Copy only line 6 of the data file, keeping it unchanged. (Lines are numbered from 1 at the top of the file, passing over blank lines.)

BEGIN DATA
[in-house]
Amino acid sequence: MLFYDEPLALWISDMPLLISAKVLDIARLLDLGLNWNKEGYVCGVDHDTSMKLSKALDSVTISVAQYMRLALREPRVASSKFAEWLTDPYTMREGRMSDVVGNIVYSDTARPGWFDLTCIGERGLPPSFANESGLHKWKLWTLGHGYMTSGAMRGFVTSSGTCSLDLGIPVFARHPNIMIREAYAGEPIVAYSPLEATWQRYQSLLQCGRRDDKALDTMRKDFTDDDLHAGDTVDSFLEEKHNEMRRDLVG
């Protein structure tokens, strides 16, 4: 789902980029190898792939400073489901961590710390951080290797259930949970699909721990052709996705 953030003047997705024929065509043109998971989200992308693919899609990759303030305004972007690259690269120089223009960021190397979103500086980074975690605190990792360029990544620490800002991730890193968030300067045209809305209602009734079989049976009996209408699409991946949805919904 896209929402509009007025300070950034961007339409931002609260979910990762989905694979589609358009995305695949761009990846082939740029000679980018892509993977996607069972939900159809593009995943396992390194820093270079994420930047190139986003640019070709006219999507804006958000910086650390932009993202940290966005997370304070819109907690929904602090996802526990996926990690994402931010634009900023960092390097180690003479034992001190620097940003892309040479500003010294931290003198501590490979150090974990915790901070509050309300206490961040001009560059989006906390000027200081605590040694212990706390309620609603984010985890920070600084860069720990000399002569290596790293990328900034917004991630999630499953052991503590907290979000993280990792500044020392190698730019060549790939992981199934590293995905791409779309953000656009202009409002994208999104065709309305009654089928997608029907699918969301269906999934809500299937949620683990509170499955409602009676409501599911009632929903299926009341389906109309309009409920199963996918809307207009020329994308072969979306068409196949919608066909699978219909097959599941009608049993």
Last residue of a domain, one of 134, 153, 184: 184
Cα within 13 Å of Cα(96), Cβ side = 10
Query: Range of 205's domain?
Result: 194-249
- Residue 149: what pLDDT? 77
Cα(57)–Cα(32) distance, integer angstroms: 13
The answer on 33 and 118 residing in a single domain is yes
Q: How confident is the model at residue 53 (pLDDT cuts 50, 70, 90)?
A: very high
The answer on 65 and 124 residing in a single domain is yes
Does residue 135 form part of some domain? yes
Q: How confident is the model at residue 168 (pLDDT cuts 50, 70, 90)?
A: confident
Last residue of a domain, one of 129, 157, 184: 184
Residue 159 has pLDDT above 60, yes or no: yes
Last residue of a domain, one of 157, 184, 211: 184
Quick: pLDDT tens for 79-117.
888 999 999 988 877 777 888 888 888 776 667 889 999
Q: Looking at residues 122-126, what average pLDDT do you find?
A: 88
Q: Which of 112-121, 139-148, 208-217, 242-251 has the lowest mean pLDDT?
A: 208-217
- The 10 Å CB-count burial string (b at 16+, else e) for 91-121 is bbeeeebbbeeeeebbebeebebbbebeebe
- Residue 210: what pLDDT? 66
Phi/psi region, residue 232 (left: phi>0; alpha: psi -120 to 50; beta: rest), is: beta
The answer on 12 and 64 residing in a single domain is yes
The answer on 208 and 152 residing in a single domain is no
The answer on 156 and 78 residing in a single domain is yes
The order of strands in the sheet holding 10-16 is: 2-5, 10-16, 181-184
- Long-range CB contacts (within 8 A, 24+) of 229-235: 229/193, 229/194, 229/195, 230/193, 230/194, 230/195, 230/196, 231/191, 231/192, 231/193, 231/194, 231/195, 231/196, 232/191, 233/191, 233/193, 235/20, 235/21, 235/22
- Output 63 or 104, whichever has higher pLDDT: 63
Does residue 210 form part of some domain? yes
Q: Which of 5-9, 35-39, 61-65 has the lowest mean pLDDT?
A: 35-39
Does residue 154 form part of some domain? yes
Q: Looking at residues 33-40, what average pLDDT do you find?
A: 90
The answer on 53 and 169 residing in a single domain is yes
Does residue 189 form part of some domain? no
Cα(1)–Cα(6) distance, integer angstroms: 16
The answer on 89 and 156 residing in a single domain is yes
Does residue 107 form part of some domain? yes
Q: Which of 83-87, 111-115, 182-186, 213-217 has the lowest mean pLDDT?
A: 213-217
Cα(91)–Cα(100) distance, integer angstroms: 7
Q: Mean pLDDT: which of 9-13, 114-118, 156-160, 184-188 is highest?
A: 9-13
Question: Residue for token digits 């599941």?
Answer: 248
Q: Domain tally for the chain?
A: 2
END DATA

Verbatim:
Query: Range of 205's domain?